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Facebook users to get notification if their information was part of Cambridge Analytica scandal
Mark Zuckerberg and Andrea Besmehn, Mark Zuckerbergs executive assistant at Facebook, depart US Senator Bill Nelson's, D-Florida, office on Capitol Hill in Washington, DC, on April 9, 2018. Embattled Facebook chief Mark Zuckerberg has placed the blame for security lapses at the world's largest social network squarely on himself as he girded Monday for appearances this week before angry lawmakers.In prepared remarks released by a congressional panel, Zuckerberg admitted he was too idealistic and failed to grasp how the platform -- used by two billion people -- could be abused and manipulated. JIM WATSON/AFP/Getty Images

Facebook users to get notification if their information was part of Cambridge Analytica scandal

Facebook users whose data was shared with Cambridge Analytica will be alerted with a notification as early as today, according to reports. Users whose data was not affected will still get a link explaining how their data is used and how to adjust their privacy settings.

While this notification will streamline the process, Facebook users are already able to tell if they were affected by going to the Facebook Help Center and searching for “Cambridge Analytica,” then clicking on “How can I tell if my info was shared with Cambridge Analytica?”

On April 4, Facebook revealed in a statement that 87 million users had their data improperly shared with Cambridge Analytica, a data firm that the Trump campaign used during the 2016 election. After it discovered the abuse of users’ data, Facebook banned the firm from its platform.

Cambridge Analytica received data from Facebook users who logged into the “This Is Your Digital Life” app, which was discontinued in 2015. Users, who never logged onto “This Is Your Digital Life”  app, could still have had their “public profile, Page likes, birthday, and current city” sent to Cambridge Analytica, if one of their friends had logged into the app.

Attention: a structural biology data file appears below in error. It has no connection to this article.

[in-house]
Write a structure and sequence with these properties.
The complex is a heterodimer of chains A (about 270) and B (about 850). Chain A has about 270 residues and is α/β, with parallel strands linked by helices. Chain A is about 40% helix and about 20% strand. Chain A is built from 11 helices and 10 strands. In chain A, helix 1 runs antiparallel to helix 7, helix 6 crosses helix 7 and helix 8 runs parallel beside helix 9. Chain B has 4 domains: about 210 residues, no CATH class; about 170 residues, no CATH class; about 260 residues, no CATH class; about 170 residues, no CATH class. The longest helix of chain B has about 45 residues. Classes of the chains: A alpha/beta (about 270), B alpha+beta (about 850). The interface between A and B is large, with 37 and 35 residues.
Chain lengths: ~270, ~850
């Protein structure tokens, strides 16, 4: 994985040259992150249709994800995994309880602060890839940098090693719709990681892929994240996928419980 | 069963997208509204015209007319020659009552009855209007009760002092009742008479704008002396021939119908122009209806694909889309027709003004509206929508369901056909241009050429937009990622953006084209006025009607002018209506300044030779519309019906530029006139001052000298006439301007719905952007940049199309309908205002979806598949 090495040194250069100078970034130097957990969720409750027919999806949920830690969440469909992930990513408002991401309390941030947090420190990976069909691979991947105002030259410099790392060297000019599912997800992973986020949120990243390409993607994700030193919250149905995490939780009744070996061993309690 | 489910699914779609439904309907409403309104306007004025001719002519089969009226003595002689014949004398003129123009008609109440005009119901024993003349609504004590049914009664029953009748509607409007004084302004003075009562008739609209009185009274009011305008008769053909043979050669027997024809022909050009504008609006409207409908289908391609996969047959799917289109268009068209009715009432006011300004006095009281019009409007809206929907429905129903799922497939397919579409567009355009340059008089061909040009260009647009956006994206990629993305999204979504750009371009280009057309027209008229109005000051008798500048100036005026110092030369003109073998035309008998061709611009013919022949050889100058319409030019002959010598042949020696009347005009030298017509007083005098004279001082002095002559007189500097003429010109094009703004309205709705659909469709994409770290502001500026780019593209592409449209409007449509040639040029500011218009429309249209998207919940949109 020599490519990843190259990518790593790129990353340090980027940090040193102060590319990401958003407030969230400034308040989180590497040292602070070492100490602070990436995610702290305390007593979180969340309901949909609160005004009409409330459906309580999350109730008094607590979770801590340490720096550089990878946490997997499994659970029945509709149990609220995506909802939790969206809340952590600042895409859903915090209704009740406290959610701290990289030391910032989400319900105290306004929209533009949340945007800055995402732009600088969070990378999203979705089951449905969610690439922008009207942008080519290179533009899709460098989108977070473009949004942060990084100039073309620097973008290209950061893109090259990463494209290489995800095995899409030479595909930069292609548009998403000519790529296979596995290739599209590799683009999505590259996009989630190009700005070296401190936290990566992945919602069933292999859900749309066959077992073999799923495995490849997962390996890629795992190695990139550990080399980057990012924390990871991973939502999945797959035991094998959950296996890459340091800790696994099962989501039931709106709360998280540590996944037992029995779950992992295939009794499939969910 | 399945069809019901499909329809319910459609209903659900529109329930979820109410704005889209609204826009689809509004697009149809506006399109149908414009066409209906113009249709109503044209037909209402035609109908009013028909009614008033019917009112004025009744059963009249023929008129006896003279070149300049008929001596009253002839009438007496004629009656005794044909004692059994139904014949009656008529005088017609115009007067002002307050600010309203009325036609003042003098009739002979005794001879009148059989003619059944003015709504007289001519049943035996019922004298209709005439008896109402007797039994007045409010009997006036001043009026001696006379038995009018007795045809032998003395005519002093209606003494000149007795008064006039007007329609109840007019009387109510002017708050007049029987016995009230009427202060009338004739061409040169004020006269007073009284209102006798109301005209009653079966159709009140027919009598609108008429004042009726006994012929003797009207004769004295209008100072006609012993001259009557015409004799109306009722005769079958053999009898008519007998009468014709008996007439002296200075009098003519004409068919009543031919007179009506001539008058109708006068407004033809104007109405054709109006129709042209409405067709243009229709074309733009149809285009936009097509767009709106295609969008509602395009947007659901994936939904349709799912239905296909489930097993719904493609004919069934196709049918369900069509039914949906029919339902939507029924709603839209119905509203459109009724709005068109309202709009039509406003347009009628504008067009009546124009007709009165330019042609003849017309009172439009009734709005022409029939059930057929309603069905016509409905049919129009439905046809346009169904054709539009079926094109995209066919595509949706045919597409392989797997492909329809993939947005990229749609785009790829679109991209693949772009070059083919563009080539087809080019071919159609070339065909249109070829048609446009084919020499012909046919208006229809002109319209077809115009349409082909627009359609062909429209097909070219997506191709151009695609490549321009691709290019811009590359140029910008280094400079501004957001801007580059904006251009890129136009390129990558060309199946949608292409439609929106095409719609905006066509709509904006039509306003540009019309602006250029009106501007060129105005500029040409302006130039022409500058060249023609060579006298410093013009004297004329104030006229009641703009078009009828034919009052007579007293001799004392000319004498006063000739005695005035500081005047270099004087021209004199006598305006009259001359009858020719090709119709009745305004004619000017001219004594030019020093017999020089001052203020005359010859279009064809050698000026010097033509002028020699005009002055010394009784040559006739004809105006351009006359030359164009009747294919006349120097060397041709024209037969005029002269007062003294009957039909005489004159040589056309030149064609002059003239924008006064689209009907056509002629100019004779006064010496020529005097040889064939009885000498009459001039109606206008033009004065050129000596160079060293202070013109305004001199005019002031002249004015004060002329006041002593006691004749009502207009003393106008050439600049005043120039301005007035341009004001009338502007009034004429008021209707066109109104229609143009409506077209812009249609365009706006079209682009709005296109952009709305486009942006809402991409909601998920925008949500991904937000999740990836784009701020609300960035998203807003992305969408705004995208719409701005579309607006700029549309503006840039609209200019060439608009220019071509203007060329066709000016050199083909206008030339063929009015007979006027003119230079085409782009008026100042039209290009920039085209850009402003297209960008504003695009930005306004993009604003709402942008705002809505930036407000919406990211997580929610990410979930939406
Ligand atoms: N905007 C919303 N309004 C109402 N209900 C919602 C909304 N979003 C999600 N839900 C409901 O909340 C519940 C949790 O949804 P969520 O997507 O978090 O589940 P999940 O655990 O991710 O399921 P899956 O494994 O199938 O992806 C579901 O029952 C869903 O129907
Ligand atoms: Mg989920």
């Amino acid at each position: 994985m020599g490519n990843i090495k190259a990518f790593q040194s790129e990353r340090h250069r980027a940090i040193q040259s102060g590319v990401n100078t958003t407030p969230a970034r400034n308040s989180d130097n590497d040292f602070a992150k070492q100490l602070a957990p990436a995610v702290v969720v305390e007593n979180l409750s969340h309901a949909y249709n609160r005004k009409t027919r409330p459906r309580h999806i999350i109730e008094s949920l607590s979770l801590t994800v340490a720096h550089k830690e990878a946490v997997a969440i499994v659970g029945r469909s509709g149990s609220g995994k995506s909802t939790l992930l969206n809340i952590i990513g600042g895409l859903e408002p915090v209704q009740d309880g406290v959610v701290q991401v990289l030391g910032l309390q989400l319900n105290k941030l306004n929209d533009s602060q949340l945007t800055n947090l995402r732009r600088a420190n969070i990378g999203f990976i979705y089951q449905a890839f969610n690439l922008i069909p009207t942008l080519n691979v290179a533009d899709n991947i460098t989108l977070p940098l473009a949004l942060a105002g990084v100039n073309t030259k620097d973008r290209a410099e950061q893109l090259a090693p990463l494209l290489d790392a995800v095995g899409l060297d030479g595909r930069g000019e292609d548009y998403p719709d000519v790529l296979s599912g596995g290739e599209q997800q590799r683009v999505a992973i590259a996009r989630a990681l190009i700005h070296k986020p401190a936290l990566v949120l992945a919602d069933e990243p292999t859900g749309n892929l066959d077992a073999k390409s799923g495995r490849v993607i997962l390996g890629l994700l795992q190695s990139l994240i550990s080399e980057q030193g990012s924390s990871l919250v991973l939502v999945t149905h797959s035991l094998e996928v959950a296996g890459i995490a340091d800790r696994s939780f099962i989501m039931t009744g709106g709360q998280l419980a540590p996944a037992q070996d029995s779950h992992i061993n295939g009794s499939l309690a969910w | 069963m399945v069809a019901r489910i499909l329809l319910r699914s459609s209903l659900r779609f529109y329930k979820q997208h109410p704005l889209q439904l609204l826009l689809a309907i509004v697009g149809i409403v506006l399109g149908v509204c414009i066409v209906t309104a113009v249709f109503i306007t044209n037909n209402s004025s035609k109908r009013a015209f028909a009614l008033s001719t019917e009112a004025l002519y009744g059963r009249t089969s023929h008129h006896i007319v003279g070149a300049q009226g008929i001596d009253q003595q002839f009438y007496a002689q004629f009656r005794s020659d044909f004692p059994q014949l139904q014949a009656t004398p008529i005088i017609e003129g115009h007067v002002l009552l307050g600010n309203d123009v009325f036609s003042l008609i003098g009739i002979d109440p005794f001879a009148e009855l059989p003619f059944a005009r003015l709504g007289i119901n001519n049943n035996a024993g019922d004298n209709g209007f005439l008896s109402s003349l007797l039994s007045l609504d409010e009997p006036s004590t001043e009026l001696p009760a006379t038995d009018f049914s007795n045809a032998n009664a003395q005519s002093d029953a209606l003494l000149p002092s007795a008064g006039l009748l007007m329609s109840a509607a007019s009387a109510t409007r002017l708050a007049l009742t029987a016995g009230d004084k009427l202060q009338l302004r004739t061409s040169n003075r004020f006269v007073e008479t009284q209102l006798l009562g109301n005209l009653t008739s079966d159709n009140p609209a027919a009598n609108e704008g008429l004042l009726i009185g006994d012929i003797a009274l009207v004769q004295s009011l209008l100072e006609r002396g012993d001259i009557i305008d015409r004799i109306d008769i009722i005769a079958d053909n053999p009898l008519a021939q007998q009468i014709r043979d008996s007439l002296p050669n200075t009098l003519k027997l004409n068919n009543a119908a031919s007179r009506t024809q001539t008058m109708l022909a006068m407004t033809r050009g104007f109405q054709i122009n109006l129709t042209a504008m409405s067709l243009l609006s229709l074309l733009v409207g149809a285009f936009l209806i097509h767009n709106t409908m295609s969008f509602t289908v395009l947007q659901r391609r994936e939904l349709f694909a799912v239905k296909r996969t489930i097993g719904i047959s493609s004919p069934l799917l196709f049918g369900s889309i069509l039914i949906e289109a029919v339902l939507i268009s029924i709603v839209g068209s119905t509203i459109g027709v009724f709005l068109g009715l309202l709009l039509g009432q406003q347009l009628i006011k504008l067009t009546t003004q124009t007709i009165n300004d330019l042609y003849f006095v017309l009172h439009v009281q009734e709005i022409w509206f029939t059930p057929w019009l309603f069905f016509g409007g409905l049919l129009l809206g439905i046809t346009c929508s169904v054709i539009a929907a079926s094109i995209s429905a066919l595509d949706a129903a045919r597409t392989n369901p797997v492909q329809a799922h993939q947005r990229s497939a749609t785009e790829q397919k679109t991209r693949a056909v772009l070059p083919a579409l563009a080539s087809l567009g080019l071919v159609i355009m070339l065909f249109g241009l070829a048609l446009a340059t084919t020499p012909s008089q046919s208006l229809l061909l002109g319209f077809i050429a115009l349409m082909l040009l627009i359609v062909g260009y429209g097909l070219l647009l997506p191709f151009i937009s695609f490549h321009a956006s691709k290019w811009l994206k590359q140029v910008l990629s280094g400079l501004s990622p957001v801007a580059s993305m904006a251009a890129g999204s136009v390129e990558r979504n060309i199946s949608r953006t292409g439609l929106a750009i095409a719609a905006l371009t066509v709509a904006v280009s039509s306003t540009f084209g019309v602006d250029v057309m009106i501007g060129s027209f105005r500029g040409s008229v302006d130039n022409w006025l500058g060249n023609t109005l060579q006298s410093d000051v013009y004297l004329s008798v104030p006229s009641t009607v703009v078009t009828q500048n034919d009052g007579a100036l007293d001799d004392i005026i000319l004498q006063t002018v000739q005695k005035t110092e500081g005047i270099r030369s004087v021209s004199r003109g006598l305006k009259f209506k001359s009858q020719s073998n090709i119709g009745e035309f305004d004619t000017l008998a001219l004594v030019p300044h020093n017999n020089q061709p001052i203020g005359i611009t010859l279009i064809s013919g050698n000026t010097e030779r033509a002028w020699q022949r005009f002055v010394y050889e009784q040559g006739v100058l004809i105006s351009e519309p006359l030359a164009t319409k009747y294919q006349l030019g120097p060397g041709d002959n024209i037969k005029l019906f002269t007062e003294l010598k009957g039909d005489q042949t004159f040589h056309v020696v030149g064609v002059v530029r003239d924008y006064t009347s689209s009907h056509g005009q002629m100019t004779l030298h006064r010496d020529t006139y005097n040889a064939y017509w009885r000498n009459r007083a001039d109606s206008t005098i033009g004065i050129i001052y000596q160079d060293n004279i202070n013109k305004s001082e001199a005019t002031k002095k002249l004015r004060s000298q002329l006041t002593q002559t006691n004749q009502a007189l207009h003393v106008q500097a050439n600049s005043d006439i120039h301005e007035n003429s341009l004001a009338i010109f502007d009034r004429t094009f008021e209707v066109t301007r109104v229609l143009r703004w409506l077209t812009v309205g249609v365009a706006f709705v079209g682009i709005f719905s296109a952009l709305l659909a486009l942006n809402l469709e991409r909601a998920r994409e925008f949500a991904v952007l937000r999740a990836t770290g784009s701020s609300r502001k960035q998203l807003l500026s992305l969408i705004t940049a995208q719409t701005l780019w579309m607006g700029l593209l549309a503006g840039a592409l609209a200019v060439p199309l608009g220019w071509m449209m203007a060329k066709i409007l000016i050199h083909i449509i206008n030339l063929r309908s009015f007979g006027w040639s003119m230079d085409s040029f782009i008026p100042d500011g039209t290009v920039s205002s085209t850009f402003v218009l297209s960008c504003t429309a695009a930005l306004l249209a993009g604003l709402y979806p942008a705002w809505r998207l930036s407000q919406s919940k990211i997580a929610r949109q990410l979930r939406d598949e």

A screenshot of a Facebook Help Center search result alerting a user that her information has been shared with Cambridge Analytica.

Since the news of the Cambridge Analytica scandal broke, Facebook stock has dropped 19 percent.

CNET Editor-in-Chief Connie Guglielmo told KPIX-TV in San Francisco,

“At the end of the day Facebook which is the world’s largest social media platform is a platform about trust. Do you trust them to uphold your data and share data that they will use to sell advertising and other uses but if you don’t trust them you’re not going to share that data.”

Facebook founder and CEO Mark Zuckerberg will testify before Congress on Tuesday and Wednesday, to address how his company protects the private data of its users. According to Facebook, most of the 87 million users affected by this improper data sharing were Americans.

Since the incident, Facebook has released updates to its privacy policy. On March 21, Zuckerberg released a statement admitting that the company “made mistakes” with how it handled data harvesting by Cambridge Analytica.

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